Mites harvesting and observation technique
Here we presented the fieldwork technique in the laboratory and the necessary equipment, adding the advantages and disadvantages of the technique used to observe mites.Taking soil samples
The sampling consists of taking six soil samples each month, from January 2015 until December 2015, with different depths 10 to 15 cm randomly using a pickaxe.Extraction of mites from the soil with the Berlèse extractor
In this part, the description of Berlèse's device is presented first; then, we have developed the advantages and disadvantages of this technique.
Description of the Berlèse extractor
According to Benkhelil (1992), the Berlèse device is effective in capturing mites. The principle of this device is based on the negative phototaxis of mites (Vannier, 197O). According to Coineau et al. (1997), it is a dynamic or selective method that uses the tactism of individuals. The latter leave the sample by their average under the influence of the thermodynamic stimulus.
The soil samples are placed on sieves of 1 to 2 mm mesh which are deposited on funnels. These are fixed by support surmounted by a lamp facing the ground. Mites sensitive to the light source leak in depth, slide down the slopes of the funnel and are finally collected in containers containing water. The duration of this extraction is 3 to 4 days.
Relative abundance (R.A. %)
The abundance constitutes another essential parameter for the description of the structure of a stand (Ramade, 1989). The following equation can represent it:
R.A. %=(ni × 100)/N
R.A. %: Relative abundance of species i Present in the sample.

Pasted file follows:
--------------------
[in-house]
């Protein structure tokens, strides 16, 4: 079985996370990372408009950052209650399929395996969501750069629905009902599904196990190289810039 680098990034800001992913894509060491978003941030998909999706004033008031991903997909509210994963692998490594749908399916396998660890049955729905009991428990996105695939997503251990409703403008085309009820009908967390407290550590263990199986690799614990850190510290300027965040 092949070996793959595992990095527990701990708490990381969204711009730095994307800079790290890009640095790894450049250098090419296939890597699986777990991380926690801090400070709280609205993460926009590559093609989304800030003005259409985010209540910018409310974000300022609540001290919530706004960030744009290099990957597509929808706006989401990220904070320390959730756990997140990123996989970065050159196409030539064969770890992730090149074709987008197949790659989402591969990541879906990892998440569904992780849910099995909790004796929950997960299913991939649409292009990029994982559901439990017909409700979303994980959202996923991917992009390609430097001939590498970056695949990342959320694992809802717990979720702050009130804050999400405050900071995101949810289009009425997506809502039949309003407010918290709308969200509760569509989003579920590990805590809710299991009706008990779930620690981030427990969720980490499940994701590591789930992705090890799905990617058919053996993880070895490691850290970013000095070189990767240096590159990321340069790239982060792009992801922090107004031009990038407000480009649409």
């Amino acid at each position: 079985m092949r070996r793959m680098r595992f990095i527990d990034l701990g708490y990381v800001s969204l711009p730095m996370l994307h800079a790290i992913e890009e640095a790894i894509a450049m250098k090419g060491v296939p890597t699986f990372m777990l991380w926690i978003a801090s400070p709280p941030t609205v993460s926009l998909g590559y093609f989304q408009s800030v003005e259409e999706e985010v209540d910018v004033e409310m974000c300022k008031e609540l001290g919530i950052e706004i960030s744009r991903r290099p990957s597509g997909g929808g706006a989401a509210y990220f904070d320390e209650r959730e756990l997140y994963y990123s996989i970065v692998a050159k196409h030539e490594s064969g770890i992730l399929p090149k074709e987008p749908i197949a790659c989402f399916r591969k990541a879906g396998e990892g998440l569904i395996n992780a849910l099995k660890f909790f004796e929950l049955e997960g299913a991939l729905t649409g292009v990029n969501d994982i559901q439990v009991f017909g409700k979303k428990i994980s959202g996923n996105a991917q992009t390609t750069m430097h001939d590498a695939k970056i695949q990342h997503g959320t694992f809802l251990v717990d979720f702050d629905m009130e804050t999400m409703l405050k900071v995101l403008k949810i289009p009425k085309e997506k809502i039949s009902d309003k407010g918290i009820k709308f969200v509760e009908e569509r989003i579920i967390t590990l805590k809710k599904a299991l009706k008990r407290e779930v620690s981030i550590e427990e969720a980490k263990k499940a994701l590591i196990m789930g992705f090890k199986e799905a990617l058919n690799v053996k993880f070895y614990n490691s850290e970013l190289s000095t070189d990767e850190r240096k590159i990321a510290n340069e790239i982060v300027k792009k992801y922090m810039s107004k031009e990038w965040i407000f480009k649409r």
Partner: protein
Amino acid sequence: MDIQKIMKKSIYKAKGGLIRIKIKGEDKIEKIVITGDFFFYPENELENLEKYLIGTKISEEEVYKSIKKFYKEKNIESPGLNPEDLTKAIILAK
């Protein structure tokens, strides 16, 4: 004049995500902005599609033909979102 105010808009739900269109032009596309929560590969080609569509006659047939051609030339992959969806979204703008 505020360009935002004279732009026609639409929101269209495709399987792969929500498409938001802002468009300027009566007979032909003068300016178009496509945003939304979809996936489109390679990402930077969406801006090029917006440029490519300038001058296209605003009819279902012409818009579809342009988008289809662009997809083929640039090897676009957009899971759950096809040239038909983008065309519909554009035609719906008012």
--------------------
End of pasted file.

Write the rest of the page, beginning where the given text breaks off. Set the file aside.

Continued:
Ni: Number of individuals of species i Have taken into account.
N: Total number of individuals of all species together
In practice, here, R.A % is the relative abundance of each mite species present in each study station.
Relative abundance of mite species captured by the Berlèse apparatus in apple cultivation
In Table 1, the percentages of mites captured by the Berlèse apparatus in apple tree cultivation have been presented in order of importance.
Table 1. Relative abundance of mite species captured by the Berlèse apparatus in the apple tree crop.
Thanks to Berlèse's apparatus, 707 individuals were captured, which are divided into 5 species. The most abundant species is Trombidium sp. With 207 individuals (29.28%), they were followed by Rhyzoglyphus sp. with 186 individuals (26.31%). In third place, we find Acaridae sp. with 182 individuals (25.74%). It is followed by Schéloribates sp. with 11.46%. The last position is occupied by Gamasida sp. with (7%) (Table 1, Figure 1).
Figure 1: Relative abundance of mite species captured by the Berlèse apparatus in the apple tree crop R.A. %: Relative abundance
Relative abundance of soil mite species captured by the Berlèse apparatus in a forest environment
The monthly percentages of mite species identified by the Berlèse apparatus in a forest environment are presented in Table 2.
|Gamasida sp. ind||15||6,94|
Table 2: Relative abundance of mite species captured by the Berlèse apparatus in a forest environment.
The use of Berlèse's apparatus made it possible to capture 216 individuals; these individuals are divided between 11 species. The most abundant species is Rhyzoglyphus sp. With 90 individuals (41.67%), they were followed by Trombidium sp. with 45 ind. (20.83%). In third place is Scutovertex sp. With 23 individuals (10.65%). It is followed by Gamasida sp. with 6.9%. The species that remain their abundances do not exceed (5.5%) (Table 2, Figure. 2).